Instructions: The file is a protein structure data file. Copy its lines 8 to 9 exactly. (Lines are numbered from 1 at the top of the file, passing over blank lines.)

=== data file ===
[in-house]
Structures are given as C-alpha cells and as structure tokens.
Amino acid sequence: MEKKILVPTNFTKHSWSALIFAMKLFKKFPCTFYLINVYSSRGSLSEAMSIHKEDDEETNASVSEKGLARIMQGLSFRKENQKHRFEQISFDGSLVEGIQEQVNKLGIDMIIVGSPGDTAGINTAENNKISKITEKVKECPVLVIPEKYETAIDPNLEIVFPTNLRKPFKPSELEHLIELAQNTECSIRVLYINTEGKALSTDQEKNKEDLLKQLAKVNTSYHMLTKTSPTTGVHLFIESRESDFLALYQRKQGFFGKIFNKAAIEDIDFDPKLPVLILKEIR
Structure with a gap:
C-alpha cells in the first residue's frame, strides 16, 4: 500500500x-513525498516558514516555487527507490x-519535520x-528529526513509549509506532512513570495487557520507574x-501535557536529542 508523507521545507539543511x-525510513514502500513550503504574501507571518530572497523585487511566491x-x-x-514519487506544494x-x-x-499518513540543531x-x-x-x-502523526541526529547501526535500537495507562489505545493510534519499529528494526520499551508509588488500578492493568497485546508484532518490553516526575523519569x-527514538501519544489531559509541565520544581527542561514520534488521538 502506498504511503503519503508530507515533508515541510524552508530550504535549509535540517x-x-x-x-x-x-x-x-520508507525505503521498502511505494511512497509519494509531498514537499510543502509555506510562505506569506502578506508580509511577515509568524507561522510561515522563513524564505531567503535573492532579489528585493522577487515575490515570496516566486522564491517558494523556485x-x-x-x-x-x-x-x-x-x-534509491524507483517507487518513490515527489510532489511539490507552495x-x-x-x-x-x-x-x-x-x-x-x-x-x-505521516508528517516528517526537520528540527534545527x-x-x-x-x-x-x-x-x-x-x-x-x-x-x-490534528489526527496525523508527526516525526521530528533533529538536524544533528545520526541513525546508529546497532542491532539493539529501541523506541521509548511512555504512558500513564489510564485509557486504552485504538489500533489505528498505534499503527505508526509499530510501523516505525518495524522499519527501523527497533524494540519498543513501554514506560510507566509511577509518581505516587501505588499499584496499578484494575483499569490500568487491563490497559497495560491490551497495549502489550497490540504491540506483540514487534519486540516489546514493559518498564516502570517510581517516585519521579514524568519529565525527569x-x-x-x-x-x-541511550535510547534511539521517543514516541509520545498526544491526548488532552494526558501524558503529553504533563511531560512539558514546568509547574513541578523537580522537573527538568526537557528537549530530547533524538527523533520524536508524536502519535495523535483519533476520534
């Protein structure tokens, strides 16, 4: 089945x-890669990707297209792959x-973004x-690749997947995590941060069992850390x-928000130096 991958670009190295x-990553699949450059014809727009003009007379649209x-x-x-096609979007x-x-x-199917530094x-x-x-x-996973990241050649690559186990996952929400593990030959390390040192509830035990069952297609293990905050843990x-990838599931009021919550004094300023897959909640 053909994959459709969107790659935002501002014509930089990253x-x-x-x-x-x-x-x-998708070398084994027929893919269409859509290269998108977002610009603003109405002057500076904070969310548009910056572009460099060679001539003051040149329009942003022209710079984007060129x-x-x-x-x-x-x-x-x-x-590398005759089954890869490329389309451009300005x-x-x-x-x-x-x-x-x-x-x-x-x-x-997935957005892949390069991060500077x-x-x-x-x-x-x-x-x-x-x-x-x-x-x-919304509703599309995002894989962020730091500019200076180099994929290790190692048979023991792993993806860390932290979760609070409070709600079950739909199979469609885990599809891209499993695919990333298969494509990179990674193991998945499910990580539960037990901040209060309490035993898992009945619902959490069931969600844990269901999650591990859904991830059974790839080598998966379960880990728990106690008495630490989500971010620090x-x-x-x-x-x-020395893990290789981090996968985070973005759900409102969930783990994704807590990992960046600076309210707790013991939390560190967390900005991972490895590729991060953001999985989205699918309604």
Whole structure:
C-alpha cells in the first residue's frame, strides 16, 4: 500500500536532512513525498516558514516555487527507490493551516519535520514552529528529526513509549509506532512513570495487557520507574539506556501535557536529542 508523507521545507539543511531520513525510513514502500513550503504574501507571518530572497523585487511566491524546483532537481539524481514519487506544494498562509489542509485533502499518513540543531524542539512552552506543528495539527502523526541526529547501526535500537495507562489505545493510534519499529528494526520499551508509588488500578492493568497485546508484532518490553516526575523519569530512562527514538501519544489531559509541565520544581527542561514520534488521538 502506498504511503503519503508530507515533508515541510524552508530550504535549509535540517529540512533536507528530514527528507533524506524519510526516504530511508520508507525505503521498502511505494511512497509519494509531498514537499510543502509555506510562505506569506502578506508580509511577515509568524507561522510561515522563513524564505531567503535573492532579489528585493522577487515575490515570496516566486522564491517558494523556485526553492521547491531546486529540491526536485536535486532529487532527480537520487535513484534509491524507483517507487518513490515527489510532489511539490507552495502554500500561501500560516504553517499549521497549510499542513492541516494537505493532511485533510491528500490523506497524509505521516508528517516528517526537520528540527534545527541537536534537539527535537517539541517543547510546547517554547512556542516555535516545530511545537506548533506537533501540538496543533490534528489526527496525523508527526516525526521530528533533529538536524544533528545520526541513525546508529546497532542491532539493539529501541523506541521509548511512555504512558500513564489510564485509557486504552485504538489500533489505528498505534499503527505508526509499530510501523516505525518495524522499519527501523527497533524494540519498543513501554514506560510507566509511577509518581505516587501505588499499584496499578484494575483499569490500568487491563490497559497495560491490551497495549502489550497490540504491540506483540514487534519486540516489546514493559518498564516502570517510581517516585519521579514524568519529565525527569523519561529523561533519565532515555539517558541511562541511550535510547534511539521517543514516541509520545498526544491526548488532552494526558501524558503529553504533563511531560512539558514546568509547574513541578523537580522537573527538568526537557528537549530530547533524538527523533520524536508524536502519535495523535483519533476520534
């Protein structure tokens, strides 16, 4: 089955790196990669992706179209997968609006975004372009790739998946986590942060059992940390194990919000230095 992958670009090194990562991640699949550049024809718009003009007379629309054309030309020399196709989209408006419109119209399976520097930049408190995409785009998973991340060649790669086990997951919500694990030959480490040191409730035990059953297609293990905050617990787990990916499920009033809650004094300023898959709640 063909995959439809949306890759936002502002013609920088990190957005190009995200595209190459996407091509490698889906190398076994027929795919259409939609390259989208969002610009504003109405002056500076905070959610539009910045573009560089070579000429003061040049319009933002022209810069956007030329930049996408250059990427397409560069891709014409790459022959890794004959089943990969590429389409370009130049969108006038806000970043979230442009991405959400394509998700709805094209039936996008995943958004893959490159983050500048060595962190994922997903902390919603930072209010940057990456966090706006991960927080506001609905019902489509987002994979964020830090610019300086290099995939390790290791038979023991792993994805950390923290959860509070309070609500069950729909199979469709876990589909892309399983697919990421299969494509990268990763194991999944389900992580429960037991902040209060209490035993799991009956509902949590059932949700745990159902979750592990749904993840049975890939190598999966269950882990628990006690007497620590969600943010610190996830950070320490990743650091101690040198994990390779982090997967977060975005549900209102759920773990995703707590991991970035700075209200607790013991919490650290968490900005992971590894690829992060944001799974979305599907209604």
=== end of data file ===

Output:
C-alpha cells in the first residue's frame, strides 16, 4: 500500500536532512513525498516558514516555487527507490493551516519535520514552529528529526513509549509506532512513570495487557520507574539506556501535557536529542 508523507521545507539543511531520513525510513514502500513550503504574501507571518530572497523585487511566491524546483532537481539524481514519487506544494498562509489542509485533502499518513540543531524542539512552552506543528495539527502523526541526529547501526535500537495507562489505545493510534519499529528494526520499551508509588488500578492493568497485546508484532518490553516526575523519569530512562527514538501519544489531559509541565520544581527542561514520534488521538 502506498504511503503519503508530507515533508515541510524552508530550504535549509535540517529540512533536507528530514527528507533524506524519510526516504530511508520508507525505503521498502511505494511512497509519494509531498514537499510543502509555506510562505506569506502578506508580509511577515509568524507561522510561515522563513524564505531567503535573492532579489528585493522577487515575490515570496516566486522564491517558494523556485526553492521547491531546486529540491526536485536535486532529487532527480537520487535513484534509491524507483517507487518513490515527489510532489511539490507552495502554500500561501500560516504553517499549521497549510499542513492541516494537505493532511485533510491528500490523506497524509505521516508528517516528517526537520528540527534545527541537536534537539527535537517539541517543547510546547517554547512556542516555535516545530511545537506548533506537533501540538496543533490534528489526527496525523508527526516525526521530528533533529538536524544533528545520526541513525546508529546497532542491532539493539529501541523506541521509548511512555504512558500513564489510564485509557486504552485504538489500533489505528498505534499503527505508526509499530510501523516505525518495524522499519527501523527497533524494540519498543513501554514506560510507566509511577509518581505516587501505588499499584496499578484494575483499569490500568487491563490497559497495560491490551497495549502489550497490540504491540506483540514487534519486540516489546514493559518498564516502570517510581517516585519521579514524568519529565525527569523519561529523561533519565532515555539517558541511562541511550535510547534511539521517543514516541509520545498526544491526548488532552494526558501524558503529553504533563511531560512539558514546568509547574513541578523537580522537573527538568526537557528537549530530547533524538527523533520524536508524536502519535495523535483519533476520534
């Protein structure tokens, strides 16, 4: 089955790196990669992706179209997968609006975004372009790739998946986590942060059992940390194990919000230095 992958670009090194990562991640699949550049024809718009003009007379629309054309030309020399196709989209408006419109119209399976520097930049408190995409785009998973991340060649790669086990997951919500694990030959480490040191409730035990059953297609293990905050617990787990990916499920009033809650004094300023898959709640 063909995959439809949306890759936002502002013609920088990190957005190009995200595209190459996407091509490698889906190398076994027929795919259409939609390259989208969002610009504003109405002056500076905070959610539009910045573009560089070579000429003061040049319009933002022209810069956007030329930049996408250059990427397409560069891709014409790459022959890794004959089943990969590429389409370009130049969108006038806000970043979230442009991405959400394509998700709805094209039936996008995943958004893959490159983050500048060595962190994922997903902390919603930072209010940057990456966090706006991960927080506001609905019902489509987002994979964020830090610019300086290099995939390790290791038979023991792993994805950390923290959860509070309070609500069950729909199979469709876990589909892309399983697919990421299969494509990268990763194991999944389900992580429960037991902040209060209490035993799991009956509902949590059932949700745990159902979750592990749904993840049975890939190598999966269950882990628990006690007497620590969600943010610190996830950070320490990743650091101690040198994990390779982090997967977060975005549900209102759920773990995703707590991991970035700075209200607790013991919490650290968490900005992971590894690829992060944001799974979305599907209604």